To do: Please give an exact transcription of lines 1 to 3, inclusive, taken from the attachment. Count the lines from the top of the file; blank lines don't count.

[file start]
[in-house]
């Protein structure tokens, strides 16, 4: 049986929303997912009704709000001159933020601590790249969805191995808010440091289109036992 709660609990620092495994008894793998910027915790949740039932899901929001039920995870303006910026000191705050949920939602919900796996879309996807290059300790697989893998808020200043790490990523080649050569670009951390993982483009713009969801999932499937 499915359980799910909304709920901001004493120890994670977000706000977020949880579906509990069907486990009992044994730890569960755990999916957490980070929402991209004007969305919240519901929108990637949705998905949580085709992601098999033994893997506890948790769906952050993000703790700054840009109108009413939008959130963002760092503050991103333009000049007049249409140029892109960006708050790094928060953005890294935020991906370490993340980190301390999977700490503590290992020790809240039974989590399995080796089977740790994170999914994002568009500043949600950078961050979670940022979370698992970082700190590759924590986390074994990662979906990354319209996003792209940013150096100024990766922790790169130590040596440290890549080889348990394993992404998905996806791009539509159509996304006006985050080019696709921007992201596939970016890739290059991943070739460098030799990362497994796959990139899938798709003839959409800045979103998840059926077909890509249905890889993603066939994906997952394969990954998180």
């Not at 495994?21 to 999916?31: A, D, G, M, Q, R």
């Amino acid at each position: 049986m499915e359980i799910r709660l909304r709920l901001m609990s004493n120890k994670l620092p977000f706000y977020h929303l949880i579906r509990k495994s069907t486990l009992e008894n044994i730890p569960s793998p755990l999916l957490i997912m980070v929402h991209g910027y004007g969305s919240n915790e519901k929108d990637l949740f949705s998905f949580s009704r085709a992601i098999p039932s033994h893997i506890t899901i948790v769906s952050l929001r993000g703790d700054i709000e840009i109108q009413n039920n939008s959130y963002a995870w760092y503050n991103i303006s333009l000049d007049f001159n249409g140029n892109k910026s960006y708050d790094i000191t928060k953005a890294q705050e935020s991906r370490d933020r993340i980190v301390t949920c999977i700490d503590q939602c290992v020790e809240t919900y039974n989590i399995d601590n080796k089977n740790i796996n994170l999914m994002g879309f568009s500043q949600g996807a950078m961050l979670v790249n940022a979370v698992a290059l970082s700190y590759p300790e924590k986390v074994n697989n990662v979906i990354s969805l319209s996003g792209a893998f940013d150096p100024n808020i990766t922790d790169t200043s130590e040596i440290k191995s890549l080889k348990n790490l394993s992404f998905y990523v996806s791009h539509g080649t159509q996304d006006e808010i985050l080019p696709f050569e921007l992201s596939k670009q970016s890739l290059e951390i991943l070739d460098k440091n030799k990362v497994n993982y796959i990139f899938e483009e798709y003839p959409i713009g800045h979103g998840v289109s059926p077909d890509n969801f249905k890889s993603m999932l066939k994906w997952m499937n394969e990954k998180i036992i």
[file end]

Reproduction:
[in-house]
């Protein structure tokens, strides 16, 4: 049986929303997912009704709000001159933020601590790249969805191995808010440091289109036992 709660609990620092495994008894793998910027915790949740039932899901929001039920995870303006910026000191705050949920939602919900796996879309996807290059300790697989893998808020200043790490990523080649050569670009951390993982483009713009969801999932499937 499915359980799910909304709920901001004493120890994670977000706000977020949880579906509990069907486990009992044994730890569960755990999916957490980070929402991209004007969305919240519901929108990637949705998905949580085709992601098999033994893997506890948790769906952050993000703790700054840009109108009413939008959130963002760092503050991103333009000049007049249409140029892109960006708050790094928060953005890294935020991906370490993340980190301390999977700490503590290992020790809240039974989590399995080796089977740790994170999914994002568009500043949600950078961050979670940022979370698992970082700190590759924590986390074994990662979906990354319209996003792209940013150096100024990766922790790169130590040596440290890549080889348990394993992404998905996806791009539509159509996304006006985050080019696709921007992201596939970016890739290059991943070739460098030799990362497994796959990139899938798709003839959409800045979103998840059926077909890509249905890889993603066939994906997952394969990954998180």
């Not at 495994?21 to 999916?31: A, D, G, M, Q, R």